Casio has unveiled its new fx-CG100 graphing calculator at a mathematics education conference in Chicago. The fx-CG100, now classified as part of its ClassWiz line of products, is the successor to the fx-CG10, fx-CG20, and fx-CG50 (or Casio Prizm) calculators.

In early 2011, Casio released the fx-CG10/fx-CG20, or Casio Prizm, graphing calculator. It was the first graphing calculator with a full-color screen, narrowly beating out TI announcing a color-screen refresh of its TI-Nspire calculator in February 2011. In fact, the announcement of those two calculators led to an impassioned article entitled "Casio Prizm: Why TI Calc Coders Should Abandon the Nspire CX" here on Cemetech, and over the following few years, Cemetech's hobbyists and programmers embraced the calculator for its easy programmability in C. In a rapid answer to the clichéd question "can it run Doom?", developer MPoupe announced a Doom port called CGDoom for the Casio Prizm in mid-2012.

The fx-CG50 was a faster version of the fx-CG10/fx-CG20, released in 2017, with a sleeker case but otherwise retaining the same operating system, AAA batteries for power, LCD, and user interface. We reviewed it here when it came out. Python arrived for the fx-CG50 in 2018, after TI announced Python support for its TI-84 Plus CE color-screen graphing calculator, but seemingly before the first TI-84 Plus CE Python Edition was available for purchase. Since then, the Casio Prizm remains a very popular calculator, especially among European students.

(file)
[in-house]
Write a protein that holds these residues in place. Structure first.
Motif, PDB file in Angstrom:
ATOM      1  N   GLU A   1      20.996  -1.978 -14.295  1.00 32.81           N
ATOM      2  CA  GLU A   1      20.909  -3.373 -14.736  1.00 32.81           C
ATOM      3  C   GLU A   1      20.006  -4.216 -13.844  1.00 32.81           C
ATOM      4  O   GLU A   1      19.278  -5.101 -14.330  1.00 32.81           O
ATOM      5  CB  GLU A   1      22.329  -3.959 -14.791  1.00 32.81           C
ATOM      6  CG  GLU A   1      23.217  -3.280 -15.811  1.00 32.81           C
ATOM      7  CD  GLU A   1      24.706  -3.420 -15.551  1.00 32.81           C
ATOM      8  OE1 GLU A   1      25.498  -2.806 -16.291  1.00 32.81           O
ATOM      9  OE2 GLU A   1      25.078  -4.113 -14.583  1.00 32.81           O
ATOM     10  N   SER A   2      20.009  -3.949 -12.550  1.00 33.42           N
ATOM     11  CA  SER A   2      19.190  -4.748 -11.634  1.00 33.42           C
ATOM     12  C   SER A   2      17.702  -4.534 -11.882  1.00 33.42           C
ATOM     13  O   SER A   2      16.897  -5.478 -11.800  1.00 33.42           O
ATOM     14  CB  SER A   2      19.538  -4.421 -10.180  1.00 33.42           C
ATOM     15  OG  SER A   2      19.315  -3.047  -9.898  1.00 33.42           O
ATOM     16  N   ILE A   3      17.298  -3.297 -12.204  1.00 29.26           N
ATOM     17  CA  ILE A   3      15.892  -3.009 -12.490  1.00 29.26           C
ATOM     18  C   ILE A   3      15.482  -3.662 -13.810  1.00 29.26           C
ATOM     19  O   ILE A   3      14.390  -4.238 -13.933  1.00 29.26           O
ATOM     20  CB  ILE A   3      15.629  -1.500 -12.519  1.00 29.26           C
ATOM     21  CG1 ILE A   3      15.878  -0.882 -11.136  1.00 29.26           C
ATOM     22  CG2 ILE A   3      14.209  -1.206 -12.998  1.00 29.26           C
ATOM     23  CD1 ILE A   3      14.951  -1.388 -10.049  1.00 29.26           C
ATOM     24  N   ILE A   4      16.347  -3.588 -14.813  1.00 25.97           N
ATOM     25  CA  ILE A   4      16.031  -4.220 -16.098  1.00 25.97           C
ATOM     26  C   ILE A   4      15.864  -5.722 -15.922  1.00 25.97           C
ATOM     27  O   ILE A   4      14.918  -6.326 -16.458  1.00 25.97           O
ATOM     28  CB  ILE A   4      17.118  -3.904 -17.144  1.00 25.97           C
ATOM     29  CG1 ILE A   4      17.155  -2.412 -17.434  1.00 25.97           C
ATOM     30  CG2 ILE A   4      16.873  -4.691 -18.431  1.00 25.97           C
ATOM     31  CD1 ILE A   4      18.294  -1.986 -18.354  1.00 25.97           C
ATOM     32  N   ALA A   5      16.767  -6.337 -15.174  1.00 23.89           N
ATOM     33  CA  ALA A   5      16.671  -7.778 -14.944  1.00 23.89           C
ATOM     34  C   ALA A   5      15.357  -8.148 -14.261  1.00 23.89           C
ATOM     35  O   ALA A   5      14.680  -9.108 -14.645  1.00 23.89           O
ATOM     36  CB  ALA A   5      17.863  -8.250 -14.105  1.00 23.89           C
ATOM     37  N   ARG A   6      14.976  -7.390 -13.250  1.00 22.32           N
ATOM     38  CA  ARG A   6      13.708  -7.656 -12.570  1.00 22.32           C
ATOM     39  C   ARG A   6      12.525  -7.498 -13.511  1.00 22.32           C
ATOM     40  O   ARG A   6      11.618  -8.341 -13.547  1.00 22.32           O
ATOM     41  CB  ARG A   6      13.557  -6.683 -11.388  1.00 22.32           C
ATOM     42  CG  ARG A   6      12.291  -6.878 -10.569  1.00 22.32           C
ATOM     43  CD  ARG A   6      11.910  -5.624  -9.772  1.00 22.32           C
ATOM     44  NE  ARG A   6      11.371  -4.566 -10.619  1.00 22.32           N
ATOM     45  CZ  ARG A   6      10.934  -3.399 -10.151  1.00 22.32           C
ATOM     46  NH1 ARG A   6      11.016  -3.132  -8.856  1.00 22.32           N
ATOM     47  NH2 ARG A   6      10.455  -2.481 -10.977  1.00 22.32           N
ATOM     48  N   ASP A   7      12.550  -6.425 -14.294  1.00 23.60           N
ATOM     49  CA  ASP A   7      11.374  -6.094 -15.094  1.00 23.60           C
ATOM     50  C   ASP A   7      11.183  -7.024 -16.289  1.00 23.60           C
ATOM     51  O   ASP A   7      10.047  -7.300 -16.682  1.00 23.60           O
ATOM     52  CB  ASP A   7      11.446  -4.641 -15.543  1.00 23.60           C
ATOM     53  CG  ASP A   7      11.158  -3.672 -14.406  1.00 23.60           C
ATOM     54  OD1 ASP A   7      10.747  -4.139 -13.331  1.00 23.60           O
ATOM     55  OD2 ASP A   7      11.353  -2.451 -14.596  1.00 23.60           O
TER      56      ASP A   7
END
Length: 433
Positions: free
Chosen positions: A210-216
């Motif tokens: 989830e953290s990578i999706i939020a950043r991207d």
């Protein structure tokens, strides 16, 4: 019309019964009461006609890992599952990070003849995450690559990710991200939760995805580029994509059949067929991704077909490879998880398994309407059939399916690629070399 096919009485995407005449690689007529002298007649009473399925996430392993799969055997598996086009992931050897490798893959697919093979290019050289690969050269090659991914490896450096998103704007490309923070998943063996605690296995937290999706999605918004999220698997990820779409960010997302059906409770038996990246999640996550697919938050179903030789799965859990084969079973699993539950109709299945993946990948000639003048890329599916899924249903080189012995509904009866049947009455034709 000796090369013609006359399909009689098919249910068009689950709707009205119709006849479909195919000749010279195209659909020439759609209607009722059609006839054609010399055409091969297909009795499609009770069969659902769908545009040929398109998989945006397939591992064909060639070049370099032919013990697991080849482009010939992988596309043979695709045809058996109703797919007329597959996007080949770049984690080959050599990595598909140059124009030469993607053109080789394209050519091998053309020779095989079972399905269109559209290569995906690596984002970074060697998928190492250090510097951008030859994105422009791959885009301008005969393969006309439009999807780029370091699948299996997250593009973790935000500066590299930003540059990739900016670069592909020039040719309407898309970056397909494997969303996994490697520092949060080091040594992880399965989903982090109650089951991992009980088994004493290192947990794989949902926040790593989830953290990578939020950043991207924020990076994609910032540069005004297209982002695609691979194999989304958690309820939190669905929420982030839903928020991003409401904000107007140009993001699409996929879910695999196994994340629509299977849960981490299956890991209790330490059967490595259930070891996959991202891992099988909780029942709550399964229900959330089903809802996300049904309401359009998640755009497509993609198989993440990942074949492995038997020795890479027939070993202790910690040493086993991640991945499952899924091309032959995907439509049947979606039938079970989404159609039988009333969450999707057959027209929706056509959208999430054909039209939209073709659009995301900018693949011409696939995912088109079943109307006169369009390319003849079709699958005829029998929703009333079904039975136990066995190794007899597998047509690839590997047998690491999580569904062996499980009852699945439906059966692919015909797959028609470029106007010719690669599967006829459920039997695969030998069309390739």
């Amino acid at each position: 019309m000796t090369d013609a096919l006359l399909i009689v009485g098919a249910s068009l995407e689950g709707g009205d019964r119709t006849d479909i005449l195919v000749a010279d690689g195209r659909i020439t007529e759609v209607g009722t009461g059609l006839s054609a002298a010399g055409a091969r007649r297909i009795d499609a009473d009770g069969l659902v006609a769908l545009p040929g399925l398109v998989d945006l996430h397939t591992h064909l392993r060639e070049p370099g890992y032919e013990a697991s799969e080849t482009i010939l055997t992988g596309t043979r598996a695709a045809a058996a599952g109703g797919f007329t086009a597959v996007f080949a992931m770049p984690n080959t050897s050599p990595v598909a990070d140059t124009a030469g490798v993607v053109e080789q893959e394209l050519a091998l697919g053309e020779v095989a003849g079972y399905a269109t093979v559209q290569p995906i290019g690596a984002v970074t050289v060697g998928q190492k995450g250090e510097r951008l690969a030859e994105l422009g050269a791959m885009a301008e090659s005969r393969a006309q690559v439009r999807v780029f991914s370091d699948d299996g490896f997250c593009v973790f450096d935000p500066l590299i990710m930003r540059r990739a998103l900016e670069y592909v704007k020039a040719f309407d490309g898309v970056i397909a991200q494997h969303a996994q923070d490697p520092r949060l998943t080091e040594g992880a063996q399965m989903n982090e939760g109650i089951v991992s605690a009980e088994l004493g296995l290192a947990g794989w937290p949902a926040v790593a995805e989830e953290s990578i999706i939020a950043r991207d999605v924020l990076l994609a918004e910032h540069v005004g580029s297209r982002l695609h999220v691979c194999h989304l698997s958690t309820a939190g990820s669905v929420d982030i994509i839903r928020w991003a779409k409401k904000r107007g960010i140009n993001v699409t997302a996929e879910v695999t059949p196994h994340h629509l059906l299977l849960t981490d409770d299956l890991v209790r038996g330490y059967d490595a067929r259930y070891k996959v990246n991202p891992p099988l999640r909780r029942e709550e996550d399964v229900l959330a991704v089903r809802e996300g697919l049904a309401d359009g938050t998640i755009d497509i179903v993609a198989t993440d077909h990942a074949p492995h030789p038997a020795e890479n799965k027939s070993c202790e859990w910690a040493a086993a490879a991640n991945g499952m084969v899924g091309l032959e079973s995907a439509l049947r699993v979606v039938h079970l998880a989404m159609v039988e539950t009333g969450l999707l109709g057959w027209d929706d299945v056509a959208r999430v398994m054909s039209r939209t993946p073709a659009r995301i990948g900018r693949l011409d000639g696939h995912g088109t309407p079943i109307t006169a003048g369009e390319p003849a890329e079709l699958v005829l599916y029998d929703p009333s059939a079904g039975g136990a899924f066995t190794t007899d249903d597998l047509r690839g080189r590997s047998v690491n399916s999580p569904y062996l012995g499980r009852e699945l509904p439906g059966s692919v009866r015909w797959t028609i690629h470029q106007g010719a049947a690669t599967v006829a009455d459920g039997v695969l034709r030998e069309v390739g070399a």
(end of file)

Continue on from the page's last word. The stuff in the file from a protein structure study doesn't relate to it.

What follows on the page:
Casio has now announced the fx-CG100 (which will be known in France as the Graph Math+ Lycée) at the National Council of Teachers of Mathematics (NCTM) conference in Chicago. They describe the new calculator:

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From the photos that Casio has provided, including in a tweet, the calculator has a markedly different keyboard layout than its predecessors, round keys that remind us of prototypes of Zero Calculators' new calculator, and its manual shows that it still uses AAA batteries rather than a rechargeable Li-Poly pack (under an unusual round battery cover), and still has a USB port and a 2.5mm I/O port. Adriweb and Critor of TI-Planet have compiled the known technical and software specs of the calculator, as the Graph Math+ Lycée is already available for purchase. Spec-wise, it's very similar to the fx-CG50, but the software no longer permits Casio Basic programming or the addition of C addins. If true for the US market as well, this will render the calculator essentially irrelevant to the graphing calculator hobbyist community, and one fewer of a shrinking set of calculators that allow the curious STEM student to explore programming beyond a simple language like Python or TI-BASIC.

We look forward to bringing you an in-depth review as soon as we can get our hands on one of these calculators!

More Information

Casio fx-CG100 / Graph Math+ Lycée Product Page and Manuals (French)

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